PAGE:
Shareholders told 47,000 seek jobs of UAW strikers

DIGGING IN AT CATERPILLAR

April 09, 1992|By Kim Clark | Kim Clark,Staff Writer The Chicago Tribune contributed to this article.

WILMINTON, DEL. — WILMINGTON, Del. -- In an ornate ballroom in the posh Hotel duPont, Caterpillar Inc. Chairman Donald V. Fites said yesterday that his company had gotten calls from 47,000 people interested in filling the 12,600 jobs being struck by the United Auto Workers. Outside the hotel, about 100 striking and laid-off workers carried signs demanding: "Permanently replace Fites."

What is likely to be one of the most important labor battles of the coming decade moved from Caterpillar headquarters in Peoria, Ill., to this normally quiet bastion of American capitalism yesterday as Caterpillar held its annual shareholders meeting.

Although annual meetings are often dull, self-congratulatory affairs, this one threatened to disintegrate into a shouting match, as union members who owned stock were denied a chance to address for more than two minutes the approximately 200 shareholders gathered in the chandeliered room.

Indeed, by the end of the day, it became clear the two sides were still far apart from a resolution, as each side blamed the other one for the worsening 5-month-old strike.

"There is nothing on the table that couldn't be negotiated by two rational people," said Eli Lustgarten, a PaineWebber stock analyst who follows the company.

"There is a lack of rationality on both sides."

In Washington, 15 senators urged Labor Secretary Lynn Martin to try to persuade Caterpillar to drop its plans to replace 12,600 striking workers permanently and instead to place the dispute under federal mediation.

In their letter, the senators wrote, "Surely the experience at Eastern Airlines, Greyhound, the New York Daily News, and countless other, less publicized disputes, has shown that the introduction of permanent replacements is counterproductive."

But at a news conference after the stockholders meeting, Mr. Fites said of Ms. Martin's proposed involvement, "At this stage we don't think that would be the appropriate thing." Ms. Martin's office said late yesterday that she had no immediate plans to intervene.

The UAW doesn't want to give in because it is afraid that allowing Caterpillar to win concessions not already awarded to its U.S. competitors would spark a round of concessions, explained Frank Prezelski, who follows the industry for Rothschild Inc. in New York.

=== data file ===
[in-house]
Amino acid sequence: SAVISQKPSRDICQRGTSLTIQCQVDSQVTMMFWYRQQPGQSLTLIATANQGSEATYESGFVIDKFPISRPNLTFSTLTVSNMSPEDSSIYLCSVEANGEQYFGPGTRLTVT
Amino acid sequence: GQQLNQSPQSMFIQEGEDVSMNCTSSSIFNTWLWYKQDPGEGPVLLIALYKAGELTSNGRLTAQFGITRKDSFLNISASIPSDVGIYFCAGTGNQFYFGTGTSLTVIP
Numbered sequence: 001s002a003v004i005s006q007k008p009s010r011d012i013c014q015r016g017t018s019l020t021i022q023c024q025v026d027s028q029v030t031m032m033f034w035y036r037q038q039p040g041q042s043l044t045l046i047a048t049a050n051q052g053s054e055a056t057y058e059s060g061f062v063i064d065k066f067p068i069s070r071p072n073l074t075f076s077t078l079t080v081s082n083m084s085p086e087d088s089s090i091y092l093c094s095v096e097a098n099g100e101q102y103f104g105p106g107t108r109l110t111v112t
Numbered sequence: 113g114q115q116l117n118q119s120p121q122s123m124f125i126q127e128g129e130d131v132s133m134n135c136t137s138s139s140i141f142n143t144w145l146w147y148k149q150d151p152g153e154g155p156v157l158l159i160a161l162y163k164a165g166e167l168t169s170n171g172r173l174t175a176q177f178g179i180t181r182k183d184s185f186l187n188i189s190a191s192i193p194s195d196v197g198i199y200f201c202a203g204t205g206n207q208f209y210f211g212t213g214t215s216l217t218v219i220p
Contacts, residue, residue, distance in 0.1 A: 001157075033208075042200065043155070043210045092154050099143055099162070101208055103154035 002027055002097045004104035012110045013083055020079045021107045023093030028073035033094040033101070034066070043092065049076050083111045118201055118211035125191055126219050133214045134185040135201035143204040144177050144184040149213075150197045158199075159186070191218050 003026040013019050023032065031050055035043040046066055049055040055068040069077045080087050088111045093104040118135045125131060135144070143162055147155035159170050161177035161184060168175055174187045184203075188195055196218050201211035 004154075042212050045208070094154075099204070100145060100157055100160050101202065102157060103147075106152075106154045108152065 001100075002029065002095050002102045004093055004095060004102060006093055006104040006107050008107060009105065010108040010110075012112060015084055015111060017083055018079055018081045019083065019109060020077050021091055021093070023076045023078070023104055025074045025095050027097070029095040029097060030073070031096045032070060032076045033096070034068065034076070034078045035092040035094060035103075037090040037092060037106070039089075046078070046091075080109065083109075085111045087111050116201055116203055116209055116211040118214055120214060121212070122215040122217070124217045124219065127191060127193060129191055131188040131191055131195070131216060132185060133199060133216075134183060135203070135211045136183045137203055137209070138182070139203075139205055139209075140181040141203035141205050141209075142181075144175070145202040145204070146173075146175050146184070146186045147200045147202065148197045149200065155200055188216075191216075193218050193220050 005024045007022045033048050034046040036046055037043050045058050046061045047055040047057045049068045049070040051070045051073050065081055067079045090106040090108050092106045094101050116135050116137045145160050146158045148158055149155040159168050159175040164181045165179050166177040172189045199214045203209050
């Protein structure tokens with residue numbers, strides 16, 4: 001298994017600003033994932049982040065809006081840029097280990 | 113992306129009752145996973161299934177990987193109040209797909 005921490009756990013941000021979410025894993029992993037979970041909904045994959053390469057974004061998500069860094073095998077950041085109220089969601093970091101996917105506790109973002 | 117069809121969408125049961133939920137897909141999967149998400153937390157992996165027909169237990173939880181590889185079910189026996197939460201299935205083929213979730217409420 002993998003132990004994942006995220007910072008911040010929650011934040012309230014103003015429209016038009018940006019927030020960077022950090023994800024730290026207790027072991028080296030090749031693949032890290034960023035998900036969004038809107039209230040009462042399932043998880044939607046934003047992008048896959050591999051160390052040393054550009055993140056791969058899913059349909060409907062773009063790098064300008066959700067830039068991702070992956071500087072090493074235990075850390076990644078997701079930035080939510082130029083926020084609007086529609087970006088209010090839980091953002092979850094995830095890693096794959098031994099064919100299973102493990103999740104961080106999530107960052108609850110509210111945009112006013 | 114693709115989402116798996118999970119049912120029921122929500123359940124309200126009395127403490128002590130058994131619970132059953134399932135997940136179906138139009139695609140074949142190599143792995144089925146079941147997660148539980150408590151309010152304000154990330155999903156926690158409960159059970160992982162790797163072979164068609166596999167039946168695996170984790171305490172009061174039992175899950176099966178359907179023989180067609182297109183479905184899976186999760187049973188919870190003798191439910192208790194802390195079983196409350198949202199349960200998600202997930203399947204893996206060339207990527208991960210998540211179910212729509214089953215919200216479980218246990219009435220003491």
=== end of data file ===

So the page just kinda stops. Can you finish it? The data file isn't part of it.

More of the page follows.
Next year, he noted, the UAW is scheduled to negotiate a new three-year agreement with General Motors Corp., the largest employer of UAW members. "That's the real ballgame," Mr. Prezelski said.

It was clear emotions were running high when one striking worker who owned stock told Mr. Fites he was ruining the company by trying to replace veteran workers like himself.

Mr. Fites said he didn't want to replace longtime employees, and said the company is offering those who cross the picket lines jobs that will pay about $47,000 a year plus benefits.

At that point, Bill Casstevens, secretary-treasurer of the UAW and owner of about 100 shares of Caterpillar stock, shouted, "This is an annual meeting, not a scab solicitation meeting."

Indeed, much about this meeting was unusual: from the uniformed guards lining the walls to company managers' concessions that last year's financial performance by the world's largest maker of earthmoving equipment was "unacceptable." Caterpillar lost $404 million in 1991.

Although the company probably is still operating in the red, managers said the loss had nothing to do with the strike. Sales of almost every kind of earthmoving equipment were down significantly last year.

"We don't have a supply problem," Mr. Fites said, even though 4,000 salaried workers are running plants usually staffed by nearly 13,000 machinists and laborers. "We have a demand problem."

Mr. Lustgarten, the stock analyst, agreed that the strike hasn't contributed to the company's losses. He estimates the company is losing $33 million a month because of the recession. "If you are ever going to have a labor dispute, this is the time," he said.

The UAW has been picketing Caterpillar plants since Nov. 4 because the company has refused to sign a contract similar to those signed by equipment makers such as Deere & Co.

Caterpillar doesn't compete against Deere as much as it does against companies such as Komatsu, a Japanese tractor company, Mr. Fites said.

"If we allow our costs to rise unchecked, we won't be competitive and we'll lose," warned Vice Chairman James Wogsland.

But Mr. Casstevens, the UAW's chief negotiator for the Caterpillar dispute, dismissed Mr. Fites' arguments, saying that the company is simply trying to bust the union.

Mr. Casstevens has warned that Caterpillar's fight against the union may ruin the company, just as similar labor disputes, he argued, destroyed companies such Eastern Airlines and Continental Airlines. The union welcomes federal mediation, Mr. Casstevens said. Mr. Fites said the time for mediation is over.

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